Mixed reality gives neuroanatomy lessons a boost
With its unique hemispheres and intricate connections, the brain is one of the most exceptional, yet complex organs in the human body. The intricate structure has posed a unique challenge for generations of students looking to understand and ultimately master how its many parts fit, and work, together.
But this fall—thanks to Microsoft HoloLens and mixed reality technology—UBC students will get to visualize the brain's 3-D structure in a way they never have before.
"The first time I put on the HoloLens, I was blown away by what I saw," said Parker Holman, a PhD candidate in neuroscience at UBC. "To be able to walk around and fully explore a detailed hologram of the brain from every angle is an experience that you can't quite put into words."
UBC has teamed up with a group of interns from the Microsoft Garage to develop a new app for HoloLens, the world's first fully self-contained holographic computer. The new app, known as the Holographic Brain Project, will serve as an interactive teaching tool to guide students through a virtual exploration of the brain—highlighting, isolating, expanding, and rotating its many structures.
"There's no denying that the human brain is extremely complicated and that makes neuroanatomy difficult to learn and teach," said Dr. Claudia Krebs, a professor of anatomy in UBC's faculty of medicine. "We're very excited to be introducing the world of mixed reality into the classroom."
Holman and Krebs worked together with postdoctoral fellow Tamara Bodnar to help inform the development of the new Holographic Brain Project application at Microsoft. They believe the new technology could be a game changer for neuroanatomy instruction at the university.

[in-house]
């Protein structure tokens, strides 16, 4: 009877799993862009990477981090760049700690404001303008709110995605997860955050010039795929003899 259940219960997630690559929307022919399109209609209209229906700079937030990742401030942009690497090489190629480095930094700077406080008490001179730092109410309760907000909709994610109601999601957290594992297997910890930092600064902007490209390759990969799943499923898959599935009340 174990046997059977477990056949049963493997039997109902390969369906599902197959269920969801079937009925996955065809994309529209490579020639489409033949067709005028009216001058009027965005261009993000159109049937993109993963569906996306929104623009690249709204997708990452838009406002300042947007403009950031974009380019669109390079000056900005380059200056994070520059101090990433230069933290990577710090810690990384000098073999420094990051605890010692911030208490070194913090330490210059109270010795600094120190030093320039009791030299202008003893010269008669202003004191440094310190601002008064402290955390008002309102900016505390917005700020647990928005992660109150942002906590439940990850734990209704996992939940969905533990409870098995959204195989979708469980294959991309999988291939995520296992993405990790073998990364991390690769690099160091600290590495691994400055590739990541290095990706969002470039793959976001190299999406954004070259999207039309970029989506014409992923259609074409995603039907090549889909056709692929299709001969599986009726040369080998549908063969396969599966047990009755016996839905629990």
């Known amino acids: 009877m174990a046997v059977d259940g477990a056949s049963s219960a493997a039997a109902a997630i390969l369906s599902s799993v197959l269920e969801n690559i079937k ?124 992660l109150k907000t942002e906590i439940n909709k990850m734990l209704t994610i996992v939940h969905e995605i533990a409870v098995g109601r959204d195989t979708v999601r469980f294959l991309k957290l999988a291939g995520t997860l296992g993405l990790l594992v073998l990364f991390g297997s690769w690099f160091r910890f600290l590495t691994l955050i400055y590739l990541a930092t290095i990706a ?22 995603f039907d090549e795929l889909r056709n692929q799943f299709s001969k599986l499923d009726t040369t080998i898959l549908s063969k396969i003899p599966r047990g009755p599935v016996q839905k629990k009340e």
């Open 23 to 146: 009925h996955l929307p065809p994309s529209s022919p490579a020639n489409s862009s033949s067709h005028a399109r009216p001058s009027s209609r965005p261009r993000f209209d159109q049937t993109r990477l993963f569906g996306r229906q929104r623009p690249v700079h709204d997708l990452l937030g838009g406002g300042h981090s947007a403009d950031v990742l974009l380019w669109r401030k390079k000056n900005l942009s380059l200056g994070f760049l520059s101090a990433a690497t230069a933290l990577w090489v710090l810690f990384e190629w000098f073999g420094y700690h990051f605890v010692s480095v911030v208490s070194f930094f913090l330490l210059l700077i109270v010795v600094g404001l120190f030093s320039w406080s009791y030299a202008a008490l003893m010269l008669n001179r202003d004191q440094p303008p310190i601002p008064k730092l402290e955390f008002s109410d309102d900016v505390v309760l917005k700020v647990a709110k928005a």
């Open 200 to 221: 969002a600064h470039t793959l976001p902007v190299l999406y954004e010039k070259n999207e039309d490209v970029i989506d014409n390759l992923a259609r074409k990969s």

With advances in visualization tools and applications, like the Holographic Brain Project—which allows for the overlay of two-dimensional MRI scans on corresponding sections of the brain—learners are given an opportunity to dive deeper into neuroanatomy than ever before.
"As a young student studying neuroanatomy, I only had two-dimensional images in textbooks," recalls Bodnar. "It was difficult to get a true understanding of the spatial relationships that existed."
In the coming weeks, Krebs, Holman and Bodnar will undertake a research study to assess the educational value of the Holographic Brain Project in neuroanatomy education. The application will be used in conjunction with the many existing educational resources at UBC to help make neuroanatomy more approachable.
"Microsoft's HoloLens is another great tool for our teaching toolkit," said Krebs, who has been a staunch advocate of adopting new technologies and video to enhance the learning experience for her students.
Development of the application offered a unique opportunity for UBC to work directly with developers at Microsoft in Vancouver. The team was comprised of Canadian university students from the company's Garage Internship Program, and their coaches.
According to Gail Murphy, vice-president, research and innovation at UBC, the faculty of medicine's Holographic Brain Project represents the first of many HoloLens applications that will enhance education and research underway at the university. Last fall, UBC received 10 Microsoft HoloLens devices, donated by Microsoft.
"UBC is a growing innovation hub and we're eager to explore how new partnerships and technology can help us continue to advance and transform our education and research space and methods," said Murphy.